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Does St. Pete want to settle federal sewage lawsuit? Or fight it?

Council members at Thursday's meeting said they would consider settlement options with the environmental groups that filed the suit.

ST. PETERSBURG — It has been 16 months since environmental activists sued the city, accusing it of "serious and ongoing" violations of the federal Clean Water Act amidst the 2015-16 sewage crisis.

City council members on Thursday sent mixed signals about whether they want to settle the lawsuit or fight it out in federal court. They talked about settling the case — and then voted to double the retainer for the law firm representing the city.

RELATED: Environmental groups sue St. Petersburg over sewage mess

The federal case is the last vestige of St. Petersburg's massive sewage crisis, during which the city released up to 1 billion gallons of waste — up to 200 million of which ended up in Tampa Bay. Environmental groups Suncoast Waterkeeper, Our Children's Earth Foundation and Ecological Rights Foundation filed it in December 2016, hoping to force the city into a pact enforced by the federal government to improve its ailing sewage system.

Right now, the city is operating under a consent order with the Florida Department of Environmental Protection that calls for it to spend $326 million to fix the problems.

RELATED: St. Pete sewage crisis ends with no charges, $326 million bill

The issue was this line on the council agenda: whether to increase the amount the city is willing to pay to the law firm of Manson Bolves Donaldson Varn to fight the suit. The retainer would go from $200,000 to $500,000.

That prompted a bitter discussion at Thursday's council meeting that saw the public, a lawyer for the environmentalists and Council member Charlie Gerdes all trade barbs.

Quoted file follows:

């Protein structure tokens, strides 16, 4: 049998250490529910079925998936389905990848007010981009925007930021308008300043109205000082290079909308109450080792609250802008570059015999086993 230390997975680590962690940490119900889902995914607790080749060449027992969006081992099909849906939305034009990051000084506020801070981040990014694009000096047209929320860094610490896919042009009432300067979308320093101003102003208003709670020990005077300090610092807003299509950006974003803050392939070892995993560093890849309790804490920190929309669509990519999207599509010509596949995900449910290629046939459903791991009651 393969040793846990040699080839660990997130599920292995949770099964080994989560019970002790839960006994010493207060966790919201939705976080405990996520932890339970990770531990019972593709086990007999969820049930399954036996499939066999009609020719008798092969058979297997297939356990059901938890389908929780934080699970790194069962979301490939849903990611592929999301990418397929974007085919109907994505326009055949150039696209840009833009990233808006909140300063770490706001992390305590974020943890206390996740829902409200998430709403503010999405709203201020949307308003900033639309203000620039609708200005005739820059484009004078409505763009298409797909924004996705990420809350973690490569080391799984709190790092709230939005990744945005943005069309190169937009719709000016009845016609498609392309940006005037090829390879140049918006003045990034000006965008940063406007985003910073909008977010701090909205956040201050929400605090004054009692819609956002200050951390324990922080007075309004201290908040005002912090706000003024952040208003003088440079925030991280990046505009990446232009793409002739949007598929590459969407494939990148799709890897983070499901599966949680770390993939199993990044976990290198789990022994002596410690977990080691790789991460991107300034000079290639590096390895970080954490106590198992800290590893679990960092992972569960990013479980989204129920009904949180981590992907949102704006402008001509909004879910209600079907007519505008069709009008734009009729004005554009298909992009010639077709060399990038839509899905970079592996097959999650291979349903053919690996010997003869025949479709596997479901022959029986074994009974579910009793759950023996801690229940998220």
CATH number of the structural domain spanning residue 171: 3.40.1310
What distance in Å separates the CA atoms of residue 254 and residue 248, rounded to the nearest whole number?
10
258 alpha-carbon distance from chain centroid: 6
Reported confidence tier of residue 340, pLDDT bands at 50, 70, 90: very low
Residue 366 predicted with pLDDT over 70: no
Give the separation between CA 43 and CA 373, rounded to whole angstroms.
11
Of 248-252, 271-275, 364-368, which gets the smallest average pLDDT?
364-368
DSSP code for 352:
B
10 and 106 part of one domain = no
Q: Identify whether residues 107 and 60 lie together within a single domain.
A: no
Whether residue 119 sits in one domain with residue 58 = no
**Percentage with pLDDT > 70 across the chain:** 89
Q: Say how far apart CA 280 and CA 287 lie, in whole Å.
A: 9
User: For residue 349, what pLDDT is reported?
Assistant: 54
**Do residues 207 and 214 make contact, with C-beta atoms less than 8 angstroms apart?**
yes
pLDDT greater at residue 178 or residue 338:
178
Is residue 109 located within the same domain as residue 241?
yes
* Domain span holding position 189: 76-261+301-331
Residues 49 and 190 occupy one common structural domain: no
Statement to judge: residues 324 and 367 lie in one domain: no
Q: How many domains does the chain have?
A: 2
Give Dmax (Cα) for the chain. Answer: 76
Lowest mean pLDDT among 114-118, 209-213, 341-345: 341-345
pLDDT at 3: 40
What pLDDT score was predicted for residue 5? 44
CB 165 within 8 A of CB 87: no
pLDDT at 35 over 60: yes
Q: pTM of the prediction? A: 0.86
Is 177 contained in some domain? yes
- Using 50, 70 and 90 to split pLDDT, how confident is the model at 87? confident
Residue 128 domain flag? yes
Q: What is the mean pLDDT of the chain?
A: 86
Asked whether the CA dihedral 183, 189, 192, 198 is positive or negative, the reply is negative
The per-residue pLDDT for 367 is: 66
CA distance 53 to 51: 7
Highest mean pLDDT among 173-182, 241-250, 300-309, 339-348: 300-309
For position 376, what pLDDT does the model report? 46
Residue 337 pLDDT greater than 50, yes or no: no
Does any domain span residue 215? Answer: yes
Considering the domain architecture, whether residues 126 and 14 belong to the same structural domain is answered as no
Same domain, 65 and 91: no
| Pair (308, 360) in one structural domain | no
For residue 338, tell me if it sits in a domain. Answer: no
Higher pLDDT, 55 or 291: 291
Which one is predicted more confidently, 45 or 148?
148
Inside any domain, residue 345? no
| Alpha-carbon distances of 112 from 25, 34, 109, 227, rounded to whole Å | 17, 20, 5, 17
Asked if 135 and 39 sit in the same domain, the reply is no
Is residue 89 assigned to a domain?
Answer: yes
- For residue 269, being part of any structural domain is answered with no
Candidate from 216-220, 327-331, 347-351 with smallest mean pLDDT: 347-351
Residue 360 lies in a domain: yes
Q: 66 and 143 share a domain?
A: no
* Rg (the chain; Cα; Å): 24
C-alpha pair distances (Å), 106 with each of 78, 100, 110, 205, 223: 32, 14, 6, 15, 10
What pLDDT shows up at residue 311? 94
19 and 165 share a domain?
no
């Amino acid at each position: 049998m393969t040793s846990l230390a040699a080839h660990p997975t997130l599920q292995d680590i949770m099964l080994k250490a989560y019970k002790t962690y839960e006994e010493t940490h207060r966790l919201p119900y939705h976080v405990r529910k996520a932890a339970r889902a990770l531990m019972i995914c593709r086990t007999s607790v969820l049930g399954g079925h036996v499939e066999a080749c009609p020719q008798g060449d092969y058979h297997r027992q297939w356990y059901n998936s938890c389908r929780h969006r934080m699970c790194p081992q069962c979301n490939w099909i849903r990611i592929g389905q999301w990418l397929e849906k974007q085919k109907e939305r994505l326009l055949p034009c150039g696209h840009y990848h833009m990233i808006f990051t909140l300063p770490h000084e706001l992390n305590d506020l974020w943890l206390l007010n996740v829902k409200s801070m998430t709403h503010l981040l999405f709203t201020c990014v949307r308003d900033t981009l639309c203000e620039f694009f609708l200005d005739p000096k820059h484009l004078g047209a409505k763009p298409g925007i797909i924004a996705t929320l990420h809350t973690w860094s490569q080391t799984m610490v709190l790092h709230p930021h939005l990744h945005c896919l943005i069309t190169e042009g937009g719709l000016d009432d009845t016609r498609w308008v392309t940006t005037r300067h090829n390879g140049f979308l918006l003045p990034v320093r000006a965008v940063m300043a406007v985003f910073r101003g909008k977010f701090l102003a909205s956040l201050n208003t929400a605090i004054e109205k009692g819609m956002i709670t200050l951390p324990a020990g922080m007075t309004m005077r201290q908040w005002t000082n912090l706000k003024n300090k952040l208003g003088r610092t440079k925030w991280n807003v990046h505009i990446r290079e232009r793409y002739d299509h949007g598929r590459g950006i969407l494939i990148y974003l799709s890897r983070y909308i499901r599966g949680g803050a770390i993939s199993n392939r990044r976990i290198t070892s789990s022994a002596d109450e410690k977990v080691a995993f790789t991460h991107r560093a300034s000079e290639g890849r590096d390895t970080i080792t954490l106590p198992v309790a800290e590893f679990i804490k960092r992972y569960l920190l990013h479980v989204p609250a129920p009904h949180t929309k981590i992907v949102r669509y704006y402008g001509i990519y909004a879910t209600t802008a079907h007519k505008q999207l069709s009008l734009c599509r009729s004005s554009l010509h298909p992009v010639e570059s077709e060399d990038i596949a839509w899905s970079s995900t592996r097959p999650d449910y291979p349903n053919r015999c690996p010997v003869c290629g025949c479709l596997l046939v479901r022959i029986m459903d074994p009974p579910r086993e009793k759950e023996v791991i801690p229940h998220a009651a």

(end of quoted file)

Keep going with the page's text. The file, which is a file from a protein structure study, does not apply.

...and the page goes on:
Gerdes called the lawsuit an attempt to extort taxpayer money.

"I consider it a terrorist lawsuit," he said.

RELATED: No criminal charges in St. Pete's 1 billion gallon sewage crisis

Rose Roby, a Gulfport resident and co-chair of the Pinellas County Green Party, likened the city fighting the suit to a car manufacturer weighing the financial cost of recalling vehicles vs. the cost of fighting lawsuits.

“I’d like to think we also have the courage and the strength to say no to putting more money into fighting the absolutely necessary environmental changes that have to happen here,” she said.

That accusation set Gerdes off.

“We are not putting profits over people,” the council member lectured from the dais.
“I’m offended that we’re being sued after we entered into a consent order with the state of Florida that the federal government said was good enough for them to go away and not do anything,” Gerdes said later in the meeting.

Council member Steve Kornell wants the city to settle. During Thursday's meeting, he said he was willing to agree to the environmentalists' demands that the city's sewage system be placed under federal oversight.

Gerdes shut Kornell down, insisting discussions about a settlement be kept to private meetings between council members and attorneys. The council scheduled a closed-door meeting with its legal team for April 19, the date of the next council meeting.

Gerdes also told Justin Bloom, executive director of Suncoast Waterkeeper and one of the attorneys suing the city, to convey what kind of settlement they would be willing to agree to before April 19.

Annie Beaman, director of advocacy & outreach for Our Children's Earth Foundation, said her side has been clear from the beginning about what they want from the city: More stringent oversight of the city's troubled sewage system.

To the environmentalists, that means turning to the federal government.

And in a letter they wrote to the council Wednesday, they said settling is not only the right thing to do, it also makes financial sense:

"If the city continues to pursue a litigation approach rather than a settlement, it will almost certainly be on the hook for potentially large civil penalties."

Contact Josh Solomon at (813) 909-4613 or Follow @ByJoshSolomon.